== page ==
King's Theatre, Portsmouth
Address: Portsmouth, UK
Performances at this Theatre
|N/A||The New Boy||Unknown|
|7 Dec 1914||To The Day [My Friend, Thomas Atkins]||Professional|
|19 Apr 1915||Dinner for Eight||Professional|
A performance by the full London company of the playlet from the Ambassador's Theatre. In addition, the bill for the week included the Four Swifts (comedy juggles), the Selbini Troupe (cycle turns), 'The Diving Bells' (musical act), 'PEarls of Music (musical act) and comedians the MacNaughtews and Daisy Taylor, the Scotch comedianne.
|9 Oct 1916||Joyland||Professional|
|18 Dec 1916||The Frenchwoman||Professional|
|26 Feb 1917||A Bit of Blighty||Professional|
The play was performed here from 26 February to 3 March 1917. Under the heading ‘New programmes for Portsmouth’ the 'Hampshire Telegraph and Post' reported on 23 February 1917 that 'Inez Bensuson [sic - Bensusan] brings to the King’s Theatre next week an entirely new domestic war playlet, entitled, 'A Bit of Blighty', in which she will be supported by Elaine Inescourt [sic – Inescort] and Shirley King, two well-known actresses of the Women’s Theatrical Company’. Also on the bill were Roxy La Rocca, an Italian male harpist; Paul Gordon, an American high wire walker; the Martini Trio, musicians; the Two Tomboys, ‘the only ladies presenting a humpsi-bumpsi performance’; Shephard and Ray ‘in a pot-pourri act’; Patricia O’Connar, a classical dancer; and The Vogues, ‘in vaudeville’.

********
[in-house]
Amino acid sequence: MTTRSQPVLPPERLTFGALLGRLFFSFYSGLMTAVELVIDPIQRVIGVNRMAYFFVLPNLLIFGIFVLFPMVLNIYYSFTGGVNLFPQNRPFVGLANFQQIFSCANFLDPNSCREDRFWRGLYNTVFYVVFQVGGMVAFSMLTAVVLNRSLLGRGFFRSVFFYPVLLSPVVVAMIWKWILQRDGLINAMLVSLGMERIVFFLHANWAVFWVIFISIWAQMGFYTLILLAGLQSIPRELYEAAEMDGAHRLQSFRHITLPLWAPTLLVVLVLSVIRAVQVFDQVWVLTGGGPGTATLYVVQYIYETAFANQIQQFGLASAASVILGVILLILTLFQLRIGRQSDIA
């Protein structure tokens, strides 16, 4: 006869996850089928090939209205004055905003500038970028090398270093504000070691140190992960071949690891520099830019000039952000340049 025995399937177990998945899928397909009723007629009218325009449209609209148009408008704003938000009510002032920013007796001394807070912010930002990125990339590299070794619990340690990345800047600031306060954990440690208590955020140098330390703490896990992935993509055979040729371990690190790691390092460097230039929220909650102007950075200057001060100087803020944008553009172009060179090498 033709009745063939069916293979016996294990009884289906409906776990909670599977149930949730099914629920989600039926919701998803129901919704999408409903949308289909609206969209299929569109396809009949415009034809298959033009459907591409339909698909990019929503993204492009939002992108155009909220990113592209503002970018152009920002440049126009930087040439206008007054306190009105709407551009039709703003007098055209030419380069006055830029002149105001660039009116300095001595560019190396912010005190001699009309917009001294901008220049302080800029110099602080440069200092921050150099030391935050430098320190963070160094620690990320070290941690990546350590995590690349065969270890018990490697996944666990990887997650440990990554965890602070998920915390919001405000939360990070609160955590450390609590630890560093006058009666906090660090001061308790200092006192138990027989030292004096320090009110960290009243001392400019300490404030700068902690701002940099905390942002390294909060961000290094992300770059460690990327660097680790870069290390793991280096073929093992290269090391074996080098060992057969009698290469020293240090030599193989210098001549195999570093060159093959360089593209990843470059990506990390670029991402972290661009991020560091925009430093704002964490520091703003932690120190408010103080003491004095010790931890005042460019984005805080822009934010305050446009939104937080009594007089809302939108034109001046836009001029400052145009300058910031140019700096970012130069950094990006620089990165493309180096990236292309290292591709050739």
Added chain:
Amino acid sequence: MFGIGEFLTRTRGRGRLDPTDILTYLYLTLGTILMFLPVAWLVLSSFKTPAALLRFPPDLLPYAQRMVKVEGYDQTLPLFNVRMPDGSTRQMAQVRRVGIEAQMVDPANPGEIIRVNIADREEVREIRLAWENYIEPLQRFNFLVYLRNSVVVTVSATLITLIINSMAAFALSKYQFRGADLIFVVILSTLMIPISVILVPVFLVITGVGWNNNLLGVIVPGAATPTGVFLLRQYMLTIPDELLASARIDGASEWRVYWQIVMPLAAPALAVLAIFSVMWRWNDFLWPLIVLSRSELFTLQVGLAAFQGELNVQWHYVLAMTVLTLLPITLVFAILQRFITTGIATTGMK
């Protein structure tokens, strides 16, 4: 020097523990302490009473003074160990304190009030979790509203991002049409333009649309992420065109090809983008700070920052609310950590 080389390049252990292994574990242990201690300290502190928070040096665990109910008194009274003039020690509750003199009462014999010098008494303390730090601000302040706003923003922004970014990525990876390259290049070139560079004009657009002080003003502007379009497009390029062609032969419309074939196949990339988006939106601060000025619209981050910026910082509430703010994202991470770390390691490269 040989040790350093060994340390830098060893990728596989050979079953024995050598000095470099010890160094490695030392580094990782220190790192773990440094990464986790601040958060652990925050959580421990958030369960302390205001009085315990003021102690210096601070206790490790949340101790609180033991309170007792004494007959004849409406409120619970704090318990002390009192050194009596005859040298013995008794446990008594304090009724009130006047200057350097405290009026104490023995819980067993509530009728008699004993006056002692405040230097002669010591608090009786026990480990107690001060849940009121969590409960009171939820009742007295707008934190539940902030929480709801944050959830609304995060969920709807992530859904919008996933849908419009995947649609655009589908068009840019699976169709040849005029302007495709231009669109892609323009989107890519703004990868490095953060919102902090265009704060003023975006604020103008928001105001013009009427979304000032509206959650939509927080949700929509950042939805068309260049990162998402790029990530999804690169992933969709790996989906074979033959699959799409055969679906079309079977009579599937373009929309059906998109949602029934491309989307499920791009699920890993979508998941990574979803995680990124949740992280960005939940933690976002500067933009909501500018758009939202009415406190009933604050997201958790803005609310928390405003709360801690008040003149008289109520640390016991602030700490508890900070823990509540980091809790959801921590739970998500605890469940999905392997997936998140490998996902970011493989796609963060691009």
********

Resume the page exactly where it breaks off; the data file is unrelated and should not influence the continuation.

|23 Dec 1917||Joyland||Professional|
|21 Jan 1918||The Woman of Louvain||Professional|
Performed by: Mary Mayfren and "a capital company" Other acts on bill: Variety acts: Three Jees, Four Kemptons, De Busse, Peter Bernard, Herbert Winter, Graham and Givre Reviews: "Miss Mayfren is clever in the title role"
|18 Mar 1918||Ocean Waves||Professional|
|23 Sep 1918||Flying Colours||Professional|
‘The funniest of all the funny Bairnsfather trench episodes will be shown next week at the King’s Theatre [Portsmouth], when the famous Hippodrome comedian Harry Thurston will take the part of “Ole Bill” (The Walrus) in “The Johnson ‘Ole.” He has played it over 200 times in “Flying Colour” at the London Hippodrome, and has made the part entirely his own, standing out in stage annals as a unique piece of characterisation’. Hampshire Telegraph, Friday 20 September 1918.
|28 Oct 1918||Ocean Waves||Professional|